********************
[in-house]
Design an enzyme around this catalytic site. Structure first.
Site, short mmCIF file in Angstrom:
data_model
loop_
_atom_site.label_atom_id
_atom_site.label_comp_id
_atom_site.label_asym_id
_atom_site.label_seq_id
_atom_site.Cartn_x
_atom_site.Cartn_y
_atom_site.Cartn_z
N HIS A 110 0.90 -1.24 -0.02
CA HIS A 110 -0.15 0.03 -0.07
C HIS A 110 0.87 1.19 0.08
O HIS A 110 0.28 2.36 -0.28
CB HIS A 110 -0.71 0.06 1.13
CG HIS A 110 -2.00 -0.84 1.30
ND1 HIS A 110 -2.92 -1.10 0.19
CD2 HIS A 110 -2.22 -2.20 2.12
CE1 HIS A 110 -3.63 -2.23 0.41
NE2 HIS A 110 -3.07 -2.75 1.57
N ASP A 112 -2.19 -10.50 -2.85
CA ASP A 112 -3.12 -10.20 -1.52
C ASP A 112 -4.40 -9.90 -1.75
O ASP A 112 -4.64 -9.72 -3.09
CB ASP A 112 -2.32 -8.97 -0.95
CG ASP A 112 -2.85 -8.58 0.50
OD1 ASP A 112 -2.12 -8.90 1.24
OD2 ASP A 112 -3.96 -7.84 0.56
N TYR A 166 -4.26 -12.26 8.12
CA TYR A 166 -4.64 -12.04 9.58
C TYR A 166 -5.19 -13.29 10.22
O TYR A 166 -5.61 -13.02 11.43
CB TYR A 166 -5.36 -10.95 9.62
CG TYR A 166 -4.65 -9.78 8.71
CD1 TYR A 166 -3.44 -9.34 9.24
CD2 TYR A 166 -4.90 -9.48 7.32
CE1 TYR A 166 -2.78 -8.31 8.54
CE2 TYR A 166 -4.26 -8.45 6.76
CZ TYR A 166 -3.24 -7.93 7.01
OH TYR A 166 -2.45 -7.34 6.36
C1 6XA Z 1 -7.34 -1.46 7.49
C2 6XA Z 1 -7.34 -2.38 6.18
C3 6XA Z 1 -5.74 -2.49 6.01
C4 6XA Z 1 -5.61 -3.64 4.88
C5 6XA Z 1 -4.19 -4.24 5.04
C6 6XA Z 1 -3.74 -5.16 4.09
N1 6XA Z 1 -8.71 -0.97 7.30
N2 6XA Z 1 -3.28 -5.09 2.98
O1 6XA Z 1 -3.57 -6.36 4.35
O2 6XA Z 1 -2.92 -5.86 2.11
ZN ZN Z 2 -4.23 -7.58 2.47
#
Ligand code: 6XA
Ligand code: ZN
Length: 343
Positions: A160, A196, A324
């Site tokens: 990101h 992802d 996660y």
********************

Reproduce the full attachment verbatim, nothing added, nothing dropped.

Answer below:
[in-house]
Design an enzyme around this catalytic site. Structure first.
Site, short mmCIF file in Angstrom:
data_model
loop_
_atom_site.label_atom_id
_atom_site.label_comp_id
_atom_site.label_asym_id
_atom_site.label_seq_id
_atom_site.Cartn_x
_atom_site.Cartn_y
_atom_site.Cartn_z
N HIS A 110 0.90 -1.24 -0.02
CA HIS A 110 -0.15 0.03 -0.07
C HIS A 110 0.87 1.19 0.08
O HIS A 110 0.28 2.36 -0.28
CB HIS A 110 -0.71 0.06 1.13
CG HIS A 110 -2.00 -0.84 1.30
ND1 HIS A 110 -2.92 -1.10 0.19
CD2 HIS A 110 -2.22 -2.20 2.12
CE1 HIS A 110 -3.63 -2.23 0.41
NE2 HIS A 110 -3.07 -2.75 1.57
N ASP A 112 -2.19 -10.50 -2.85
CA ASP A 112 -3.12 -10.20 -1.52
C ASP A 112 -4.40 -9.90 -1.75
O ASP A 112 -4.64 -9.72 -3.09
CB ASP A 112 -2.32 -8.97 -0.95
CG ASP A 112 -2.85 -8.58 0.50
OD1 ASP A 112 -2.12 -8.90 1.24
OD2 ASP A 112 -3.96 -7.84 0.56
N TYR A 166 -4.26 -12.26 8.12
CA TYR A 166 -4.64 -12.04 9.58
C TYR A 166 -5.19 -13.29 10.22
O TYR A 166 -5.61 -13.02 11.43
CB TYR A 166 -5.36 -10.95 9.62
CG TYR A 166 -4.65 -9.78 8.71
CD1 TYR A 166 -3.44 -9.34 9.24
CD2 TYR A 166 -4.90 -9.48 7.32
CE1 TYR A 166 -2.78 -8.31 8.54
CE2 TYR A 166 -4.26 -8.45 6.76
CZ TYR A 166 -3.24 -7.93 7.01
OH TYR A 166 -2.45 -7.34 6.36
C1 6XA Z 1 -7.34 -1.46 7.49
C2 6XA Z 1 -7.34 -2.38 6.18
C3 6XA Z 1 -5.74 -2.49 6.01
C4 6XA Z 1 -5.61 -3.64 4.88
C5 6XA Z 1 -4.19 -4.24 5.04
C6 6XA Z 1 -3.74 -5.16 4.09
N1 6XA Z 1 -8.71 -0.97 7.30
N2 6XA Z 1 -3.28 -5.09 2.98
O1 6XA Z 1 -3.57 -6.36 4.35
O2 6XA Z 1 -2.92 -5.86 2.11
ZN ZN Z 2 -4.23 -7.58 2.47
#
Ligand code: 6XA
Ligand code: ZN
Length: 343
Positions: A160, A196, A324
């Site tokens: 990101h 992802d 996660y």